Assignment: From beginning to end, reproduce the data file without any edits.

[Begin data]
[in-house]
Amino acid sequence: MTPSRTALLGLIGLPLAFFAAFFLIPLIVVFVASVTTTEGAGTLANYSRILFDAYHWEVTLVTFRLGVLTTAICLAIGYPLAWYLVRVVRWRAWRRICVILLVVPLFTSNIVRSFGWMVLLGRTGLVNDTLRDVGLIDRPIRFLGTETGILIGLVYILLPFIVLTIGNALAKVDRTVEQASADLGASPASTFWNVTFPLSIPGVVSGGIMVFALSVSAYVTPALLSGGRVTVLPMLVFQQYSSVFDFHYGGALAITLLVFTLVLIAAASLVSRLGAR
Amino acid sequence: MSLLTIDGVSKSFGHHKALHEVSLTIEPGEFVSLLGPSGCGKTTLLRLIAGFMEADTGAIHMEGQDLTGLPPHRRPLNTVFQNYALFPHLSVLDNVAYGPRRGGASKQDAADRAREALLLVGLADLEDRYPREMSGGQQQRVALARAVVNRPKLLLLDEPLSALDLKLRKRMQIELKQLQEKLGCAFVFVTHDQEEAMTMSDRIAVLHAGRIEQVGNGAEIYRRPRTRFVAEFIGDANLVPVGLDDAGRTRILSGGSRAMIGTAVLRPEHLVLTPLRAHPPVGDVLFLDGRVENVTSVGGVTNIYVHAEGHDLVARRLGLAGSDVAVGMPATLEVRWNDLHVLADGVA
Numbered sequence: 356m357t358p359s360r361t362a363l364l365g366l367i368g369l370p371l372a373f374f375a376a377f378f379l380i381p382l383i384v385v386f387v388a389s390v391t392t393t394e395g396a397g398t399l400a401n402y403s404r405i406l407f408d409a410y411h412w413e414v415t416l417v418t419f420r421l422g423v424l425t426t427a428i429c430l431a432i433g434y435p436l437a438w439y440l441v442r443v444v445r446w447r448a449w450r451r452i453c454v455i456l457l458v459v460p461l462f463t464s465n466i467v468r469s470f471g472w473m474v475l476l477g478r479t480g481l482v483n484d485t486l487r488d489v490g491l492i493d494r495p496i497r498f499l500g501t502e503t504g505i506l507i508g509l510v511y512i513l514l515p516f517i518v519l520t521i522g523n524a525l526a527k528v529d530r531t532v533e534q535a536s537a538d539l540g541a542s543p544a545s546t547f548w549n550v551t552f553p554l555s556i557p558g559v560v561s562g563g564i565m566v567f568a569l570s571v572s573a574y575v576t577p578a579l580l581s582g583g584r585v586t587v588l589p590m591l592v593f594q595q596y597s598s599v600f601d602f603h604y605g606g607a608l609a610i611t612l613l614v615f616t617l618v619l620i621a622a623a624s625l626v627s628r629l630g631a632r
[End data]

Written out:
[in-house]
Amino acid sequence: MTPSRTALLGLIGLPLAFFAAFFLIPLIVVFVASVTTTEGAGTLANYSRILFDAYHWEVTLVTFRLGVLTTAICLAIGYPLAWYLVRVVRWRAWRRICVILLVVPLFTSNIVRSFGWMVLLGRTGLVNDTLRDVGLIDRPIRFLGTETGILIGLVYILLPFIVLTIGNALAKVDRTVEQASADLGASPASTFWNVTFPLSIPGVVSGGIMVFALSVSAYVTPALLSGGRVTVLPMLVFQQYSSVFDFHYGGALAITLLVFTLVLIAAASLVSRLGAR
Amino acid sequence: MSLLTIDGVSKSFGHHKALHEVSLTIEPGEFVSLLGPSGCGKTTLLRLIAGFMEADTGAIHMEGQDLTGLPPHRRPLNTVFQNYALFPHLSVLDNVAYGPRRGGASKQDAADRAREALLLVGLADLEDRYPREMSGGQQQRVALARAVVNRPKLLLLDEPLSALDLKLRKRMQIELKQLQEKLGCAFVFVTHDQEEAMTMSDRIAVLHAGRIEQVGNGAEIYRRPRTRFVAEFIGDANLVPVGLDDAGRTRILSGGSRAMIGTAVLRPEHLVLTPLRAHPPVGDVLFLDGRVENVTSVGGVTNIYVHAEGHDLVARRLGLAGSDVAVGMPATLEVRWNDLHVLADGVA
Numbered sequence: 356m357t358p359s360r361t362a363l364l365g366l367i368g369l370p371l372a373f374f375a376a377f378f379l380i381p382l383i384v385v386f387v388a389s390v391t392t393t394e395g396a397g398t399l400a401n402y403s404r405i406l407f408d409a410y411h412w413e414v415t416l417v418t419f420r421l422g423v424l425t426t427a428i429c430l431a432i433g434y435p436l437a438w439y440l441v442r443v444v445r446w447r448a449w450r451r452i453c454v455i456l457l458v459v460p461l462f463t464s465n466i467v468r469s470f471g472w473m474v475l476l477g478r479t480g481l482v483n484d485t486l487r488d489v490g491l492i493d494r495p496i497r498f499l500g501t502e503t504g505i506l507i508g509l510v511y512i513l514l515p516f517i518v519l520t521i522g523n524a525l526a527k528v529d530r531t532v533e534q535a536s537a538d539l540g541a542s543p544a545s546t547f548w549n550v551t552f553p554l555s556i557p558g559v560v561s562g563g564i565m566v567f568a569l570s571v572s573a574y575v576t577p578a579l580l581s582g583g584r585v586t587v588l589p590m591l592v593f594q595q596y597s598s599v600f601d602f603h604y605g606g607a608l609a610i611t612l613l614v615f616t617l618v619l620i621a622a623a624s625l626v627s628r629l630g631a632r